By: Eyal Markovich, Co-founder & COO
I presented at ETH Denver 2023 and shared several slides with some interesting stats on latency in the MEV-Boost ecosystem. I received several requests to share the stats from my presentation, so here they are.
GetHeader is the endpoint request a validator performs to get the block bid (block value) from the MEV relay. Below is a plot based on 1800 blocks where the bloXroute relay won. For each block, we analyzed the time when each validator asked for the get_header relative to the slot start time. We found that, on average, validators are asking for a bid 400ms. after the slot start time. For each slot, a relay will serve hundreds of get_header requests. So, for the plot below, we matched the get_header request from the same IP that performed the validator registration request. Interestingly, we see that there are several slots with HUGE delays in the timing of the get_header request.
Here’s a histogram that summarizes the stats in the plot above. Most get_header requests happen around 300–500 ms. post the slot start time.
Times blocks are ready at the relay
Next, we look at the time blocks are available at the relay relative to the block slot time. In order for the relay to deliver a block in the get_header request, the block must be available prior to the get_header. So when are winning blocks received? We looked at the time a winning relay received the winning block and reported it in the builder_blocks_received endpoint. Averaging over 800 winning blocks, we see that, on average, blocks were ready 149 ms prior to the slot time; yet, the median is only 73 ms. So there is a large variance where some blocks were ready more than 2 seconds before and after the slot time.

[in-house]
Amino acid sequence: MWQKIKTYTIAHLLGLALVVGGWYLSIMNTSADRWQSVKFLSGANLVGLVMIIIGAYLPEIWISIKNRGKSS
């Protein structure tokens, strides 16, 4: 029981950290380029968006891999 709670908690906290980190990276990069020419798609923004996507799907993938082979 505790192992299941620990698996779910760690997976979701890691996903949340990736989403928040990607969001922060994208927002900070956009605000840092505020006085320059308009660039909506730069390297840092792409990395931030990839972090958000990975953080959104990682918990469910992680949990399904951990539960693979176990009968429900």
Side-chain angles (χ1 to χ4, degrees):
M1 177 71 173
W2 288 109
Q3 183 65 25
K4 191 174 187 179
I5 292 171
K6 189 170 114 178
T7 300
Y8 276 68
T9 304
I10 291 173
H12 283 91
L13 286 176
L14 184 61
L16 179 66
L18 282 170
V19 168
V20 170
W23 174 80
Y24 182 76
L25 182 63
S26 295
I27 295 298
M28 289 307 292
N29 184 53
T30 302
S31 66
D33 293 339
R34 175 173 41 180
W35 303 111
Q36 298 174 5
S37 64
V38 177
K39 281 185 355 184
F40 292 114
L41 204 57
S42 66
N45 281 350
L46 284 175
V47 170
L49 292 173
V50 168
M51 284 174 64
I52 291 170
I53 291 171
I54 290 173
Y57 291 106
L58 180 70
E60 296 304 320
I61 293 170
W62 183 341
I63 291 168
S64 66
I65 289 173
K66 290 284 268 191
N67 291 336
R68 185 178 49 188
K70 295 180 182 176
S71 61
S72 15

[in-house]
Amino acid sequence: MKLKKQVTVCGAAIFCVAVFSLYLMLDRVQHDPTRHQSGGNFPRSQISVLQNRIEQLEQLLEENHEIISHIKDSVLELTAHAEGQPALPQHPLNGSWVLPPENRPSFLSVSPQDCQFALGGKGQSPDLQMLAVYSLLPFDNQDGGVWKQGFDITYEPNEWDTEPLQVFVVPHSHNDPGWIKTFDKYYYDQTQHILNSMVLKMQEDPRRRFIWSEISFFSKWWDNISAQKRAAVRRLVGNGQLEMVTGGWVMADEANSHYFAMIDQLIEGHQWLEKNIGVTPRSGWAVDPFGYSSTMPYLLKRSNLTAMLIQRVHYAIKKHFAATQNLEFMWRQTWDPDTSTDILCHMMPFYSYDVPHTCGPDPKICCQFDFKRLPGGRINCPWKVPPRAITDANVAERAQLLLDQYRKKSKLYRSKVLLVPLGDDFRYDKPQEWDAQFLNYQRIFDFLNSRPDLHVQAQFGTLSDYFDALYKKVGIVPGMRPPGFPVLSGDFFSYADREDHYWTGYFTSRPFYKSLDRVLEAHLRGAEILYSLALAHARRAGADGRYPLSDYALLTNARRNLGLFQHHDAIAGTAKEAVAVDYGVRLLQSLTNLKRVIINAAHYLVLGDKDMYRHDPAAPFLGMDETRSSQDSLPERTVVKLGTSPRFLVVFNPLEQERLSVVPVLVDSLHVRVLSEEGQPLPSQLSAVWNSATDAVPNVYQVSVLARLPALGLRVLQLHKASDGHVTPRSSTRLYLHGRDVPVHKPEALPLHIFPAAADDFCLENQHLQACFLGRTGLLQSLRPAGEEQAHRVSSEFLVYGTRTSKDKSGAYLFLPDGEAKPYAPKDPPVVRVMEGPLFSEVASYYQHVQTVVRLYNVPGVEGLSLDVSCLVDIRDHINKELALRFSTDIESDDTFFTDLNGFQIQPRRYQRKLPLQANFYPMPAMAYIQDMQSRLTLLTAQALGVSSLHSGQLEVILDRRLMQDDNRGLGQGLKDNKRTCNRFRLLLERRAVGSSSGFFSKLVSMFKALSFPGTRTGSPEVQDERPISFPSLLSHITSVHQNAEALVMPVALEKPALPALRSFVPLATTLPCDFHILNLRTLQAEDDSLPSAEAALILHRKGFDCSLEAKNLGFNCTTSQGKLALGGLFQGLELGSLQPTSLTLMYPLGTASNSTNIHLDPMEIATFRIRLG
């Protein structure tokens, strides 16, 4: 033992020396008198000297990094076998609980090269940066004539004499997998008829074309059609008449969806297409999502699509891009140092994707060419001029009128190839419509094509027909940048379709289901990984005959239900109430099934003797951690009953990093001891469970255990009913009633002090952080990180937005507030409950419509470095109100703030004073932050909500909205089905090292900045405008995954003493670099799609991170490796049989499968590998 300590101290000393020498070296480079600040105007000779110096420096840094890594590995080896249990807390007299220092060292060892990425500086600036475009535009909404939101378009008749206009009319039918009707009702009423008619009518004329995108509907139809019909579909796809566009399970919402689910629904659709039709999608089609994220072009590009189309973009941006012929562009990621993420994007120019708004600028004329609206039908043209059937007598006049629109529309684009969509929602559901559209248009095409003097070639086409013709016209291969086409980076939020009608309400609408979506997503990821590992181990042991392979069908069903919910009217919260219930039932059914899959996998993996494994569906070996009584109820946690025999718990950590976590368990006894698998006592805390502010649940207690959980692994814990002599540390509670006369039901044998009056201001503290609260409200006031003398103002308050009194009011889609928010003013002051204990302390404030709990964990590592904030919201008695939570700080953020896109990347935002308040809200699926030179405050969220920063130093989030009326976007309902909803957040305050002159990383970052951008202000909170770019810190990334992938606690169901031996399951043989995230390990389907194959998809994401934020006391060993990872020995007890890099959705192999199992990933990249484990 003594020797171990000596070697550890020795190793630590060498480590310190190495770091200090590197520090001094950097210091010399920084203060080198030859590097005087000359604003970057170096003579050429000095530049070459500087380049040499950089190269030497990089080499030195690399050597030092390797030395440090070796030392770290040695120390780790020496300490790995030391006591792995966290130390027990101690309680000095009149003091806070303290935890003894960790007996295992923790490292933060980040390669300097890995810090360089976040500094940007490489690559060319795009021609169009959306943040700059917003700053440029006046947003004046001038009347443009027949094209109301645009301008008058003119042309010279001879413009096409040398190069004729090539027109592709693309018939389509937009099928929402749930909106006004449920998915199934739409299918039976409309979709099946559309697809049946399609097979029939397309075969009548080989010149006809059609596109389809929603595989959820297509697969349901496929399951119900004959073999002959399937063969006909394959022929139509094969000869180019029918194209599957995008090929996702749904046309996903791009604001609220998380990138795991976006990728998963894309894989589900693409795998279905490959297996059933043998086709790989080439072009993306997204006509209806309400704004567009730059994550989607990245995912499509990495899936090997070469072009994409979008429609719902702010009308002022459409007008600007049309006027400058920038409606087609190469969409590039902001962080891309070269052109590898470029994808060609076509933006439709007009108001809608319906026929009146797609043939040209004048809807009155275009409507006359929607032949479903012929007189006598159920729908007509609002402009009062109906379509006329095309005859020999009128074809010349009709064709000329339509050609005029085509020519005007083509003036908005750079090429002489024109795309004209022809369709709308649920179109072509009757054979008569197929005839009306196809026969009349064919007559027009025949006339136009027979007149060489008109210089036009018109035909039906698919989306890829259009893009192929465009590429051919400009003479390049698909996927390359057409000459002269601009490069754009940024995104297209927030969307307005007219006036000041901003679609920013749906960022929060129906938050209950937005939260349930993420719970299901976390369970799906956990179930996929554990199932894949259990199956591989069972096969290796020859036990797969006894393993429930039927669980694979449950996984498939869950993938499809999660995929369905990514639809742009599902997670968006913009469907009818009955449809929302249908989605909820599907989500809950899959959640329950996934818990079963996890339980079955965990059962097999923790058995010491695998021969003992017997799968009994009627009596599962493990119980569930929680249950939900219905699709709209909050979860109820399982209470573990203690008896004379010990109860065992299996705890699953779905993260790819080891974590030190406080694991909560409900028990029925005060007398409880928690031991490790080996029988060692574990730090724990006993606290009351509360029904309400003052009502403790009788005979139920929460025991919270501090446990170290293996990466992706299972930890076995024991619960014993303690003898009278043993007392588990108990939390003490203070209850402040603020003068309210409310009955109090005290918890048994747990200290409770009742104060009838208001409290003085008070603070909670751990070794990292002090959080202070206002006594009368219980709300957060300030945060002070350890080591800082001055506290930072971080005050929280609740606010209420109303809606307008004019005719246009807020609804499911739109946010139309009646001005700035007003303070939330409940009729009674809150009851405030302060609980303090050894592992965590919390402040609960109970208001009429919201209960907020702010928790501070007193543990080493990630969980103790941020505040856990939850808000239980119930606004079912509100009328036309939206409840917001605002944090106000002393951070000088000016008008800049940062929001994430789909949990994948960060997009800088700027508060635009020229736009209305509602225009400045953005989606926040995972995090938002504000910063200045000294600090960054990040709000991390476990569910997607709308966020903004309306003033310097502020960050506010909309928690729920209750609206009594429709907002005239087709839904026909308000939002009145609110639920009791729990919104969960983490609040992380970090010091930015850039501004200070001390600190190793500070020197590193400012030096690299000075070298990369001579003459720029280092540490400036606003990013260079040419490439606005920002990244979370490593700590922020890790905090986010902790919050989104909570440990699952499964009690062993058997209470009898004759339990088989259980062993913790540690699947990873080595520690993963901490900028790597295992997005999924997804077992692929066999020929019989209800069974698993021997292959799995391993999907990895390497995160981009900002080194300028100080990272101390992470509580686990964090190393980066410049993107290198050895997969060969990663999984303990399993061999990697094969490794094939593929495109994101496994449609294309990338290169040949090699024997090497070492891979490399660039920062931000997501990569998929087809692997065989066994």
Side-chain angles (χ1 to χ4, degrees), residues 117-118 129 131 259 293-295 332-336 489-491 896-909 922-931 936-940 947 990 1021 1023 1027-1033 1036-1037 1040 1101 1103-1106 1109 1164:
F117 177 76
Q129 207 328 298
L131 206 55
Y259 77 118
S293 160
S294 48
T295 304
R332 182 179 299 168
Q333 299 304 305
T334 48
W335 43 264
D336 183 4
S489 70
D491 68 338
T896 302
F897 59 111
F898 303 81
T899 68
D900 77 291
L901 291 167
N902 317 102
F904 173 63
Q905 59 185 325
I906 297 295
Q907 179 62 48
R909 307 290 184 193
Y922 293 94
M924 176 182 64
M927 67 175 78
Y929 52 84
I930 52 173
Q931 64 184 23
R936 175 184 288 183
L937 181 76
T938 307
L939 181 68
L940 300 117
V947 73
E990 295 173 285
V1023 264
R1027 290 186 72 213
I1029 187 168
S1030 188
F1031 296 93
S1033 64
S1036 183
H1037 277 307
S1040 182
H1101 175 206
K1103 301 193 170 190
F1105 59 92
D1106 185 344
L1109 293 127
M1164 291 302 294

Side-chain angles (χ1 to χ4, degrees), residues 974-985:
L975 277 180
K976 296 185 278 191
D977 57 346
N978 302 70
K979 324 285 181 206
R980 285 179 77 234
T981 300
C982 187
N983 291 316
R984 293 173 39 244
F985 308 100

And again, a histogram shows that most blocks are ready between 200 ms before or after the slot start time.
We looked at 1000 blocks that were sent to at least 2 different MEV relays and compared the time they were available in each relay. On average, it takes the second relay an additional 99 ms for the block to be available, another 122 ms between the second and the third relay (for block sent to 3 relays or more), and another 342 ms for the the block to be available on the fourth relay (for blocks sent to 4 relays or more).
I’m hoping that someone will repeat the analysis above now that we see more optimistic relays, as I’m sure this has improved since then.
Bundles’ submission time
Next, let’s look at when do searchers submit their bundles to block builders. We looked at the time successful bundles (landed on chain) were sent. As expected, we see submissions throughout the entire 12 sec slot time. However, the distribution is bi-modal: many were submitted early on, but more were submitted close to the end. One explanation for the first peak is an increase in bundle submission after receiving the previous block. A possible explanation for the second peak is that searchers on some strategies (e.g., CeFi-DeFi) wait until the last minute. Bundles in the rest of the slot time may be a result of strategies where time is less of a concern (mempool sandwich attack).
More research is welcome here!
RPC Inclusion rate
RPC inclusion rate is an important metric for retail traders who send private order flow to avoid front-running and can send their transactions only to a single RPC (think Metamask custom RPC). We designed a test where we sent 20 transactions to several RPCs and measured how long it took each transaction to be included in a block. We sent each transaction in the middle of the slot, leaving enough time for the builder to package it.
As the plot below shows, it might take some of the RPCs several blocks to include the transaction since it depends on when the particular RPC builder wins the next block.
bloXroute RPC showed better results because it sent the transaction to many builders.